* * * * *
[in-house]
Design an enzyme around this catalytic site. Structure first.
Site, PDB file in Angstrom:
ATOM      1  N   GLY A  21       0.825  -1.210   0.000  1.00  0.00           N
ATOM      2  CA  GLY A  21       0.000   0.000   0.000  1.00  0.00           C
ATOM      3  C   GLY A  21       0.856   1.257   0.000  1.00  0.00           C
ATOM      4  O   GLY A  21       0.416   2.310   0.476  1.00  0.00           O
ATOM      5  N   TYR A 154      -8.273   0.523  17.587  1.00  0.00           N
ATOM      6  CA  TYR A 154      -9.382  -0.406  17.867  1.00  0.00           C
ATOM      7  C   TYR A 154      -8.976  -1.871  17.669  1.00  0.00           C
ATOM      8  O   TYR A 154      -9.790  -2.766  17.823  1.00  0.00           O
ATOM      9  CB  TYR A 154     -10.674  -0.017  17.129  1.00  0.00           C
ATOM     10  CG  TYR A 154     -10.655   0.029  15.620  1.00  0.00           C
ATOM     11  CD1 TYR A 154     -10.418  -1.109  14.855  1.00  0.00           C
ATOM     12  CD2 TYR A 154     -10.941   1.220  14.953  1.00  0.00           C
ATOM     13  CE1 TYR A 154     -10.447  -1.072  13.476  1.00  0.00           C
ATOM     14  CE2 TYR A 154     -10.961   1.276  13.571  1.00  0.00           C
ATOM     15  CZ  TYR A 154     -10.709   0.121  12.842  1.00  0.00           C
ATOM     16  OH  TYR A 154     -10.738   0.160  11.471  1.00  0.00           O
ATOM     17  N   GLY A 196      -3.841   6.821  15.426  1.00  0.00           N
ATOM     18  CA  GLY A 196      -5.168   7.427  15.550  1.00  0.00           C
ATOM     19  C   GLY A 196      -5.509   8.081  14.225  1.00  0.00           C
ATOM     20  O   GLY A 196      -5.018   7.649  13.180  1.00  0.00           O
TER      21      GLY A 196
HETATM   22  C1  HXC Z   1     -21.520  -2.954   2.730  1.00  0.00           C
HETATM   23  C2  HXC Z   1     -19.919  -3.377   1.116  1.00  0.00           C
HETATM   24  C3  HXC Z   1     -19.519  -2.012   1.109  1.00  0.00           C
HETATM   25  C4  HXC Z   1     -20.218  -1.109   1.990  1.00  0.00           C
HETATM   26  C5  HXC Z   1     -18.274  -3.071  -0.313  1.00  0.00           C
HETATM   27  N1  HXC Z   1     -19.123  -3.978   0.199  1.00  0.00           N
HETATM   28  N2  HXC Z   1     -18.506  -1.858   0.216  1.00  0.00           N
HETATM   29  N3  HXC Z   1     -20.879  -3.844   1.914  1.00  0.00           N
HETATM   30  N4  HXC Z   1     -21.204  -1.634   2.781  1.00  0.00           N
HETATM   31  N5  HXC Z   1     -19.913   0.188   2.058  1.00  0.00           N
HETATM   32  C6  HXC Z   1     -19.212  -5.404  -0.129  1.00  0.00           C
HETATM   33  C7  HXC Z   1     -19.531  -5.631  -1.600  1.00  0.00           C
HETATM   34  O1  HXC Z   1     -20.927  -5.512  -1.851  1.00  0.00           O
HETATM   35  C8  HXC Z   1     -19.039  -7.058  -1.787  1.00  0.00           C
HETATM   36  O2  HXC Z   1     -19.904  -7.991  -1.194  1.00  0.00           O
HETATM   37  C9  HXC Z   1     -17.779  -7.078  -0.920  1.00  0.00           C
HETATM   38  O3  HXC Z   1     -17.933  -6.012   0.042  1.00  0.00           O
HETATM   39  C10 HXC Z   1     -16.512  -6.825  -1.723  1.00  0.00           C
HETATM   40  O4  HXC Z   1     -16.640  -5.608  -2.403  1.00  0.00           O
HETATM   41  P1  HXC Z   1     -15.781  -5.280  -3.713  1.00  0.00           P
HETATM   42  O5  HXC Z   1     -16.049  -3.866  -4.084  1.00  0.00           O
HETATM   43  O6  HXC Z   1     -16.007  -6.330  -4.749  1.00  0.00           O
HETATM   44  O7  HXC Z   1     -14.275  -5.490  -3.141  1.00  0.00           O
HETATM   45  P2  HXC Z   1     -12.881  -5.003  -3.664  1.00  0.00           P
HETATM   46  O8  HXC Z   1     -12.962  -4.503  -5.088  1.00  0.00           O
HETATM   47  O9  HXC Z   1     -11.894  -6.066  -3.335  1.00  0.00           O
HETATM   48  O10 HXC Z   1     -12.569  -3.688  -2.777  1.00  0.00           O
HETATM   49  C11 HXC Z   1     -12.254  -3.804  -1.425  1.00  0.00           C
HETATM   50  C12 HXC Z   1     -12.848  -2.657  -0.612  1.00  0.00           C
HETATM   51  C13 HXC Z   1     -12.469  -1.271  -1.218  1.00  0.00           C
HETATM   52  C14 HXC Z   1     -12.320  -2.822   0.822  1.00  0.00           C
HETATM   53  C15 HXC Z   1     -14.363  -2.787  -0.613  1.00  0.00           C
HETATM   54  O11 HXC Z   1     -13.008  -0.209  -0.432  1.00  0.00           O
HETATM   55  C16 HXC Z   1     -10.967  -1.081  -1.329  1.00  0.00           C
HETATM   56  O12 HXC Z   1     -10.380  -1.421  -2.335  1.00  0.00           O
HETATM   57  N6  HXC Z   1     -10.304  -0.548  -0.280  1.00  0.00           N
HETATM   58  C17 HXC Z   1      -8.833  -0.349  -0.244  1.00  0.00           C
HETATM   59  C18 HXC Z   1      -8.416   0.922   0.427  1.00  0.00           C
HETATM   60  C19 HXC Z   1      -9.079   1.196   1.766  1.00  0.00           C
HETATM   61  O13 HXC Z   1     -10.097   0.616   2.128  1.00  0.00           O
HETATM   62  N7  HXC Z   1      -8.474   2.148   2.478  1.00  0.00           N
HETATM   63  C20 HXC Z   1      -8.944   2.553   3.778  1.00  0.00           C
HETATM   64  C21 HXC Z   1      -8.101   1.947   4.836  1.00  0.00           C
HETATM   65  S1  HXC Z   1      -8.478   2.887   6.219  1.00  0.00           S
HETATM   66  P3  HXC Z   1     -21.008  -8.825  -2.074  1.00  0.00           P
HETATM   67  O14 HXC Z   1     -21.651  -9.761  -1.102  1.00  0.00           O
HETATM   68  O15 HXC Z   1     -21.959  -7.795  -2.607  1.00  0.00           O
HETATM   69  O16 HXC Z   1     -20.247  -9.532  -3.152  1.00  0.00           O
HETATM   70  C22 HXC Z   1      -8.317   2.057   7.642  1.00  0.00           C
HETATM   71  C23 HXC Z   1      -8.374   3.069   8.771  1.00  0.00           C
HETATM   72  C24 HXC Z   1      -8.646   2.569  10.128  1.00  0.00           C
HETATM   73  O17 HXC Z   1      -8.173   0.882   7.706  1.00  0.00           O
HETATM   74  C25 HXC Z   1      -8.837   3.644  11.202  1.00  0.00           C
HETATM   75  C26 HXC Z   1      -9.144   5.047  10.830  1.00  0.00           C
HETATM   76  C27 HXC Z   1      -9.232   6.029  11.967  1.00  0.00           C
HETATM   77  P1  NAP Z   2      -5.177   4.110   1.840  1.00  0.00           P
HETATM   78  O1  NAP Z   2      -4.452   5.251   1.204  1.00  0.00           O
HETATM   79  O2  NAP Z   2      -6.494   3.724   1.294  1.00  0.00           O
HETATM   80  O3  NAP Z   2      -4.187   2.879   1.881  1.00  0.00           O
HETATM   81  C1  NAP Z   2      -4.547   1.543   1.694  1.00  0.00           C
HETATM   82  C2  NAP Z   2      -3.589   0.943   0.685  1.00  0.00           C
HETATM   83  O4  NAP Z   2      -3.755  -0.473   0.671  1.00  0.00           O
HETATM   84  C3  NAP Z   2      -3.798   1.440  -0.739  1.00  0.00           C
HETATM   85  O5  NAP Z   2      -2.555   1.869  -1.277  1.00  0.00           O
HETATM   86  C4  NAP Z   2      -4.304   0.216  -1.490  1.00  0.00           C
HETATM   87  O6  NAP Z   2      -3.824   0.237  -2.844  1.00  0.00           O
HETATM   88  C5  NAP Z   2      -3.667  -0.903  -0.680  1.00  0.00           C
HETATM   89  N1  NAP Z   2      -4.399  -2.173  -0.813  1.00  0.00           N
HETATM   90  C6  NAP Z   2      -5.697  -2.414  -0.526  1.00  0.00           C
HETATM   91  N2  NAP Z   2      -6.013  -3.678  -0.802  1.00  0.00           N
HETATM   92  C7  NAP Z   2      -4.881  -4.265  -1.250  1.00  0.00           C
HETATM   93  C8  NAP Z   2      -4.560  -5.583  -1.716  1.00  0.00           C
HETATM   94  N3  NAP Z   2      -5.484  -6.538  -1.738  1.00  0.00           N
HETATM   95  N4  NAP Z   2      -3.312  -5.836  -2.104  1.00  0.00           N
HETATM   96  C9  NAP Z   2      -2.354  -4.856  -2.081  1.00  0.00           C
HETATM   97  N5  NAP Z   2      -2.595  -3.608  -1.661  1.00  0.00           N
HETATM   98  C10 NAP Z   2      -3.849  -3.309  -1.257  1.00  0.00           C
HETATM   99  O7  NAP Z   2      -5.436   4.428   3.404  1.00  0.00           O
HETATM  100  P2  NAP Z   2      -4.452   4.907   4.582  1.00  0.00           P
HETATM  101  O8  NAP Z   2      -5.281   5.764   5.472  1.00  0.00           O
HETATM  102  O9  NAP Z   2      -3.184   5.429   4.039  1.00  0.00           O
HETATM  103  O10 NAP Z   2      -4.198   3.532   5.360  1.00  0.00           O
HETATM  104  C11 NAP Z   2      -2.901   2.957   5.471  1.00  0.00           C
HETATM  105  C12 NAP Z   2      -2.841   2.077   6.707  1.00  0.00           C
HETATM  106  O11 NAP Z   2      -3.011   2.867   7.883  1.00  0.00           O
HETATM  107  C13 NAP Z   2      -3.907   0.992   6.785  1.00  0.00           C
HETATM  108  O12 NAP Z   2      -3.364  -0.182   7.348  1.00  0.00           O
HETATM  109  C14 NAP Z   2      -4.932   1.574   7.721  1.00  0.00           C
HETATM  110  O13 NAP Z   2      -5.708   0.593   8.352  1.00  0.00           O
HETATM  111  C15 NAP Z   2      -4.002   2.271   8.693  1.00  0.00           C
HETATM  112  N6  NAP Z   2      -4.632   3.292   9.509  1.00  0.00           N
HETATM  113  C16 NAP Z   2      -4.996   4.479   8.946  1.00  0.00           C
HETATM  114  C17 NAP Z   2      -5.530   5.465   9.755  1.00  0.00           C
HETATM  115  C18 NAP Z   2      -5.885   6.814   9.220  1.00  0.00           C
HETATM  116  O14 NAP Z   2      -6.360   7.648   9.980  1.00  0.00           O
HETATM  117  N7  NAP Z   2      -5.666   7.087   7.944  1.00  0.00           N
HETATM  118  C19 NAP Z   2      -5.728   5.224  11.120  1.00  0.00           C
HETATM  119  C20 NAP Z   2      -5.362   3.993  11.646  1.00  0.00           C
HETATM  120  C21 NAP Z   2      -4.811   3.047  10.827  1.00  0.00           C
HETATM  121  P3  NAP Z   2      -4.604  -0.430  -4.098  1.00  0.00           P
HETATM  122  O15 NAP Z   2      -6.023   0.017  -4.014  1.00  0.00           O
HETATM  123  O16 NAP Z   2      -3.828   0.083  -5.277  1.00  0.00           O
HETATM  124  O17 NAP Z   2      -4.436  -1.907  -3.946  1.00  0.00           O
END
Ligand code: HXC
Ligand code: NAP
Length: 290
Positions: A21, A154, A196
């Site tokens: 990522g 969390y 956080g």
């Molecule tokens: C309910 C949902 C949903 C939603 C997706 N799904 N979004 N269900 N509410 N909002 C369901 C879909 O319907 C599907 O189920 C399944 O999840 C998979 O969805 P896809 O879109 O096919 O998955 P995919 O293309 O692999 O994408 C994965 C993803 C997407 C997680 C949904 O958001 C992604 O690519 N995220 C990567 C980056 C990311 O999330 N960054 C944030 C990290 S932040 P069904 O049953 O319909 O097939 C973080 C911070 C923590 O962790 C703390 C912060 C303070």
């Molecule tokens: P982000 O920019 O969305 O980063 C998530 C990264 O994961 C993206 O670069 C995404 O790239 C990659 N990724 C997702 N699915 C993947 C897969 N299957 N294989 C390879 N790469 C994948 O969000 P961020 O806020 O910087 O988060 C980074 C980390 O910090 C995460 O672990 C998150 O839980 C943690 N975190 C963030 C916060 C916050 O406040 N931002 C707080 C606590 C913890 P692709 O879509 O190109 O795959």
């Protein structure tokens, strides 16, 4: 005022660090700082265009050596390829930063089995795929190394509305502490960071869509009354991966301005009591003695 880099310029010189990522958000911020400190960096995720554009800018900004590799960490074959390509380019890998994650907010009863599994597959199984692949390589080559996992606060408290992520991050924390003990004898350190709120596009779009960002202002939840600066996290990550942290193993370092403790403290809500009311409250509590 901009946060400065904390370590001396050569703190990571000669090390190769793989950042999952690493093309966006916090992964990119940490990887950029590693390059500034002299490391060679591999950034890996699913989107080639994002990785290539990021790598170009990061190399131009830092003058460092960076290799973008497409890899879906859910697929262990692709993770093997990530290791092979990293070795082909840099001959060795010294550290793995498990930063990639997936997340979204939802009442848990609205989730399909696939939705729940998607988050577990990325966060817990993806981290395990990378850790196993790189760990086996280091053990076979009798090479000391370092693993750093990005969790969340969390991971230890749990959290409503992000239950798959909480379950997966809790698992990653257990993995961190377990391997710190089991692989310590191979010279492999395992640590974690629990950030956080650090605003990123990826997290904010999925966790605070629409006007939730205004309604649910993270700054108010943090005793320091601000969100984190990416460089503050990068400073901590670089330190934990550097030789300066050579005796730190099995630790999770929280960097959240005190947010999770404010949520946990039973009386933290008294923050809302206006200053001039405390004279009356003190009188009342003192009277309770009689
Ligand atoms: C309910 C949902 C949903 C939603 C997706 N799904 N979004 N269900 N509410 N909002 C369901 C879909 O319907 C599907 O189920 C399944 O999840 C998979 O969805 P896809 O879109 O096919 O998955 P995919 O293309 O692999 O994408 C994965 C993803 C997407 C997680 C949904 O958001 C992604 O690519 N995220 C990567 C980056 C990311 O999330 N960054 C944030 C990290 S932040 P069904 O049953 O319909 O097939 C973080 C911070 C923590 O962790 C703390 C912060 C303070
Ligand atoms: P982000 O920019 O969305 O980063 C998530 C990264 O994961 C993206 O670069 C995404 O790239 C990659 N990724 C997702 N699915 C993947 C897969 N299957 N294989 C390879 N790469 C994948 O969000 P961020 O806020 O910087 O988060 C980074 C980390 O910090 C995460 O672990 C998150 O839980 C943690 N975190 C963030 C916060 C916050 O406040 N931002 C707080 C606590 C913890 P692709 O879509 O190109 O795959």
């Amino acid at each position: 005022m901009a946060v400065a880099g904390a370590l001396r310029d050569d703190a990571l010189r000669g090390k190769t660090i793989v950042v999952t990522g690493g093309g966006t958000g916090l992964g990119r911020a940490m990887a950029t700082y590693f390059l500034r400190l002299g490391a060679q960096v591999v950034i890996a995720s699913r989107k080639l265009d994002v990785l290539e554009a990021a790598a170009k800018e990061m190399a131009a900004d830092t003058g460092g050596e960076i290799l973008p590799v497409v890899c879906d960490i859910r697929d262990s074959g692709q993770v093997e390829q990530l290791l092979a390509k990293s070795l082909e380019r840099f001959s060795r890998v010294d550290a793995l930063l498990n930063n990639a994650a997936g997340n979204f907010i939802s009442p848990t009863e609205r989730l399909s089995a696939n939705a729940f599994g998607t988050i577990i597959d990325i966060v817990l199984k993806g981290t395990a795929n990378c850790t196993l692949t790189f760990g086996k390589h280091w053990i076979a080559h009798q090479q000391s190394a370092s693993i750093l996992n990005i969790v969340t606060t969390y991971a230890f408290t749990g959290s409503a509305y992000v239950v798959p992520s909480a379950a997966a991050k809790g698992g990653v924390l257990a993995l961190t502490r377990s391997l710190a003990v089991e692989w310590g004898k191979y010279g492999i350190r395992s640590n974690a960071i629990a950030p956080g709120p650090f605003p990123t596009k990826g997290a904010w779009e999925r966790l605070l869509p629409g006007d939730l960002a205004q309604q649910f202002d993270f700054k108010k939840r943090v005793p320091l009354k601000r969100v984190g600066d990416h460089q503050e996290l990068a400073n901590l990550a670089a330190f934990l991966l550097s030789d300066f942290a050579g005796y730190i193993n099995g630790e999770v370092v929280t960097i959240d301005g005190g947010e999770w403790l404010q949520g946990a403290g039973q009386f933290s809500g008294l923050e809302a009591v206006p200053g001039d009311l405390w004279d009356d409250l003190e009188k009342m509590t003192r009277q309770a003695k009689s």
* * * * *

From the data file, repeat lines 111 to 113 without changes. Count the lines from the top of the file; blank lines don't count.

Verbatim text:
HETATM  108  O12 NAP Z   2      -3.364  -0.182   7.348  1.00  0.00           O
HETATM  109  C14 NAP Z   2      -4.932   1.574   7.721  1.00  0.00           C
HETATM  110  O13 NAP Z   2      -5.708   0.593   8.352  1.00  0.00           O